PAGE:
Atlanta United pledges it will experience success in 2021

October 24, 2020 Atlanta - D.C. United's forward Gelmin Rivas (20) can't make a shot as Atlanta United's goalkeeper Brad Guzan (1) tries to block during the second half in a MLS soccer match at Mercedes-Benz Stadium in Atlanta on Saturday, October 24, 2020. D.C. United won 2-1 over the Atlanta United. (Hyosub Shin / Hyosub.Shin@ajc.com)
October 24, 2020 Atlanta - D.C. United's forward Gelmin Rivas (20) can't make a shot as Atlanta United's goalkeeper Brad Guzan (1) tries to block during the second half in a MLS soccer match at Mercedes-Benz Stadium in Atlanta on Saturday, October 24, 2020. D.C. United won 2-1 over the Atlanta United. (Hyosub Shin / Hyosub.Shin@ajc.com)

Credit: HYOSUB SHIN / AJC

Credit: HYOSUB SHIN / AJC

Paraphrasing the city of Atlanta’s motto of rising again, Atlanta United President Darren Eales said he expects work done by the club in this surprisingly early offseason will set up the club to experience the same success next season that it experienced in its first three seasons.

When next season is done, 2020 will be just a fever dream.

With Sunday’s 2-1 loss at Columbus, Atlanta United failed to qualify for the MLS postseason for the first time. It was a fate the seemed foregone in the wake of an injury to Josef Martinez, its standout striker, in the first game, on top of the stops and starts related to COVID-19, the decision to part ways with manager Frank de Boer in July and then selling Pity Martinez, arguably the team’s best player, in early September.

“We aren’t naïve,” Eales said. “We aren’t stupid. We have to learn from this. We’ve had it good. We’ve had adversity this year and it’s important that we learn from this. Sometimes in down times you learn more. We’ve got to make sure we are better.”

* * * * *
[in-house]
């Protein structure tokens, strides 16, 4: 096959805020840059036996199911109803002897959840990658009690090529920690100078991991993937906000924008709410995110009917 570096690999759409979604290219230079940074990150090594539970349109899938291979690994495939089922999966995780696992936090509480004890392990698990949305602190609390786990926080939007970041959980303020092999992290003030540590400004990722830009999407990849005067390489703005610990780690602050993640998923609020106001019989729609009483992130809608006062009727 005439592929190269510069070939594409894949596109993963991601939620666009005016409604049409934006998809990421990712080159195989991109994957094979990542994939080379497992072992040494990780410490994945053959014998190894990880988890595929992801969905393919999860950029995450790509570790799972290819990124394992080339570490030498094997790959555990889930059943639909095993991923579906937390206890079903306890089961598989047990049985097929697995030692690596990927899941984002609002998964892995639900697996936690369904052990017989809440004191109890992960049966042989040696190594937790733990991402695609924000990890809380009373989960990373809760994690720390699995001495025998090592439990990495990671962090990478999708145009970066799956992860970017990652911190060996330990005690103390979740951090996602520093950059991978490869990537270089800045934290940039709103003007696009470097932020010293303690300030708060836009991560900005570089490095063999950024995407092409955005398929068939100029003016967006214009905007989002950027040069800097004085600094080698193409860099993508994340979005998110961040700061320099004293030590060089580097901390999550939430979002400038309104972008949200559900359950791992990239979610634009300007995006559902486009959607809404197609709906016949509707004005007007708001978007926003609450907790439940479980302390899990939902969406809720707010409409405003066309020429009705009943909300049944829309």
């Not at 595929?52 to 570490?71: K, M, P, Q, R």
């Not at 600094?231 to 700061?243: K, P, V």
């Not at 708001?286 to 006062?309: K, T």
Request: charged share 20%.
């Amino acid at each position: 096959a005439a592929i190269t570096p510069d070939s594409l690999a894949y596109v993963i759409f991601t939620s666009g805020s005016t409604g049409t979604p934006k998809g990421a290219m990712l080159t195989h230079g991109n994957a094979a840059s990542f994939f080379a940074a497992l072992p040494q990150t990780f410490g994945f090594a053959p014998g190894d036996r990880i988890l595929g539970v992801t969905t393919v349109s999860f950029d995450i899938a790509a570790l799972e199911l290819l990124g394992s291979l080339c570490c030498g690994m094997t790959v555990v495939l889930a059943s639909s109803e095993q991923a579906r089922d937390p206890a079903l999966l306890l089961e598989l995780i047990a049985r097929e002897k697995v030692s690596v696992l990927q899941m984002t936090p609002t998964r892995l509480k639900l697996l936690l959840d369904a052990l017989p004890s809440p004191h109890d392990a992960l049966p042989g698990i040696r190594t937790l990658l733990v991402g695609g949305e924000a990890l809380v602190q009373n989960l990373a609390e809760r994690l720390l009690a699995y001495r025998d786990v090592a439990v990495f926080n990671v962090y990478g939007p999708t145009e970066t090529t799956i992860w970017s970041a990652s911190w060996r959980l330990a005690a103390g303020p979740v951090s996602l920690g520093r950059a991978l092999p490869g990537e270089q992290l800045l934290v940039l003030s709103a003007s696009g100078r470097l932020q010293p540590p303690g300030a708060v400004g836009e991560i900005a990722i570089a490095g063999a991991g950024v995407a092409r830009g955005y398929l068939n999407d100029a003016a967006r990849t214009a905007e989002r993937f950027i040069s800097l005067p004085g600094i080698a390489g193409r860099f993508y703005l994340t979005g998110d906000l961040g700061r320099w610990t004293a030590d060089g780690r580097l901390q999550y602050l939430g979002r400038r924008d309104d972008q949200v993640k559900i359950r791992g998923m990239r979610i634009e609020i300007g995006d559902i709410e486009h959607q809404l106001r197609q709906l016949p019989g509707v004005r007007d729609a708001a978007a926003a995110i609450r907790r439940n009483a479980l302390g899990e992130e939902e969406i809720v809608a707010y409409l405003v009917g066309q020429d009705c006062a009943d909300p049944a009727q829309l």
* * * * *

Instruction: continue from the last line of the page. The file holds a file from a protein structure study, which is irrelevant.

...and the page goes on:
Eales said there are few factors that will work in the team’s favor as it looks to try to add a fourth trophy to its cabinet to go along with the 2018 MLS Cup and U.S. Open Cup and Campeones Cup won in 2019:

  • Hiring a new manager by the end of the year who has shown a demonstrated ability to play aggressive, positive soccer;
  • Getting Martinez, the 2018 MLS MVP, back;
  • Mechanisms within the Collective Bargaining Agreement that will allow the team to improve talent;
  • Some salary cap flexibility that it didn’t have this year;
  • The development of players like George Bello and Jon Gallagher, paired with bright spots such as mid-season acquisitions Jurgen Damm and Marcelino Moreno.

“We want this to be quickly forgotten and start as we meant to go on in 2021,” Eales said.

The club isn’t going to make any wholesale changes to its structure or the roles within the front office. Eales said Vice President Carlos Bocanegra will continue to be responsible for talent acquisition.

It could be argued that this year’s team was the least talented of the four from the inaugural 2017 season. Atlanta United scored just 23 goals, second-fewest in the league, and allowed 30, which was 13th. Losing Martinez, who averaged almost 26 goals per season from 2017-19, was a big reason. Among the other reasons were the lack of consistency from Pity Martinez and Ezequiel Barco, who Eales implied has yet to find his form. Barco scored just two goals with three assists in 15 appearances this season.

Bocanegra said the roster turnover and building toward 2021 will happen soon. He said decisions on contract options will be made within the next 7-10 days. The team has until the end of the month to make those decisions.

“I do want to say I’m proud pf the players for what they sacrificed,” Bocanegra said. “Very strange year for them. They had to sacrifice a lot.”

Some of the players on the team from South America haven’t been able to see their families in months because of travel restrictions related to COVID-19 and the compression of the schedule. Interim manager Stephen Glass said earlier this week that it at times was understandably difficult to keep the players focused on training.

But there was blame to go around that doesn’t explain why the team seemed to be affected more than others by the different stops and starts to the season, which Bocanegra acknowledged. The team won back-to-back games just once. It twice had winless streaks of six games. It was able to start the same 11 in consecutive games just once.

“I think that was from top to bottom,” Bocanegra said. “We have to address these areas. Why were some of the other teams more successful? Why were some of the other teams more consistent? In the end, it wasn’t good enough.”

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